PHOTO FILE: A woman holding a small bottle labeled “COVID-19 vaccine” and a medical syringe in this illustration were taken on April 10, 2020. REUTERS / Dado Ruvic / Illustration
LONDON (Reuters) – The first results from the largest randomized drug trial in the world to treat COVID-19 patients can be available in early July, one of the scientists who led the UK-based study named Recovery said on Tuesday.
The first data from this study, which tested existing drug options, were probably derived from a type of steroid called low-dose Dexamethasone and used to reduce inflammation, said Martin Landray, professor of medicine and epidemiology in the Nuffield Department of Population Health at Oxford University.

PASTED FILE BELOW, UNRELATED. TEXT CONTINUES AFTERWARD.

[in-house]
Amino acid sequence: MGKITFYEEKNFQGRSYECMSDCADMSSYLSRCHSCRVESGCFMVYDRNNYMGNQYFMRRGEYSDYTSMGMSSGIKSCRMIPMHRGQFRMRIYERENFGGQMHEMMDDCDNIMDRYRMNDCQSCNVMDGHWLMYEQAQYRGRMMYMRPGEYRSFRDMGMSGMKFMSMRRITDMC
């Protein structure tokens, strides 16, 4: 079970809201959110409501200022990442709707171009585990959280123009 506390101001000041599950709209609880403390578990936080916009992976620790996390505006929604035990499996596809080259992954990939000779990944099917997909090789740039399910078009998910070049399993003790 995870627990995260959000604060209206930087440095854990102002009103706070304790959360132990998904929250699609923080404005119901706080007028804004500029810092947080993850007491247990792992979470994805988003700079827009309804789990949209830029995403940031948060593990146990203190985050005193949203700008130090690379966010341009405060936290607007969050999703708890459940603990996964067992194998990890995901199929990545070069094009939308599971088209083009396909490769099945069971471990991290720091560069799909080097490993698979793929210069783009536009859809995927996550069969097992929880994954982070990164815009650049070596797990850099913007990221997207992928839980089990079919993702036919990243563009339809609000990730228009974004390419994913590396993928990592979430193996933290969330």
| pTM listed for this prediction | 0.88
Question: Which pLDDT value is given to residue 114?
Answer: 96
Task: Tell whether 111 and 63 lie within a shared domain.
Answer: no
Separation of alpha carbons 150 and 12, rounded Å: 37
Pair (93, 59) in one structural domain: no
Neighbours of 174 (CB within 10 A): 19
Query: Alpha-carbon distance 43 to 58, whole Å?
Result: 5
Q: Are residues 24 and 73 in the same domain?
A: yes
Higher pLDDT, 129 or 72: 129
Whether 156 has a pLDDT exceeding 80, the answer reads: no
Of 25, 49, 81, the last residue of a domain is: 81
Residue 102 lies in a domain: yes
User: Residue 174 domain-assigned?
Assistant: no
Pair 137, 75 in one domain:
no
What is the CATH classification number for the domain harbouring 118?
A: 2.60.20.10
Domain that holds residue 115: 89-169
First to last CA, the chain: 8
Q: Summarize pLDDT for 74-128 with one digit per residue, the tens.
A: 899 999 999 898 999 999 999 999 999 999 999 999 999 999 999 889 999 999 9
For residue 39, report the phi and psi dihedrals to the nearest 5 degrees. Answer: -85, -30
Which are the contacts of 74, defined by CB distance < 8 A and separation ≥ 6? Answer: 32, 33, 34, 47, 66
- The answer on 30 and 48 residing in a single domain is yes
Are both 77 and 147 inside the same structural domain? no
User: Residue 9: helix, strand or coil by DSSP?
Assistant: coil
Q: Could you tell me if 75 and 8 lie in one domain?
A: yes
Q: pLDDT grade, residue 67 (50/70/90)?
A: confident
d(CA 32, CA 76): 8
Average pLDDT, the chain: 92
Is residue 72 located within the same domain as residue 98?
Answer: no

The trial so far has registered 11,000 patients ranging in age from one to 109 in 175 hospitals in the UK since it was founded in March, he told reporters at a briefing.
“There can’t be one big win” from the trial, which is why the project is testing some existing drugs to see if they might be used again to help treat COVID-19, he said.
“At present we really don’t have any treatment, so the first results will give us guidance,” he said.
Other drugs being tested are the anti-malaria hydroxychloroquine drug, Lopinavir-Ritonavir, which is used to treat HIV, an antibiotic called Azithromycin and healing plasma, which is collected from people who have recovered from the virus and contain antibodies to fight it.
(This story has been corrected to make it clear in the headlines that the first results, not the trial, are expected in July)
Reporting by Josephine Mason and Kate Kelland; Editing by Gareth Jones
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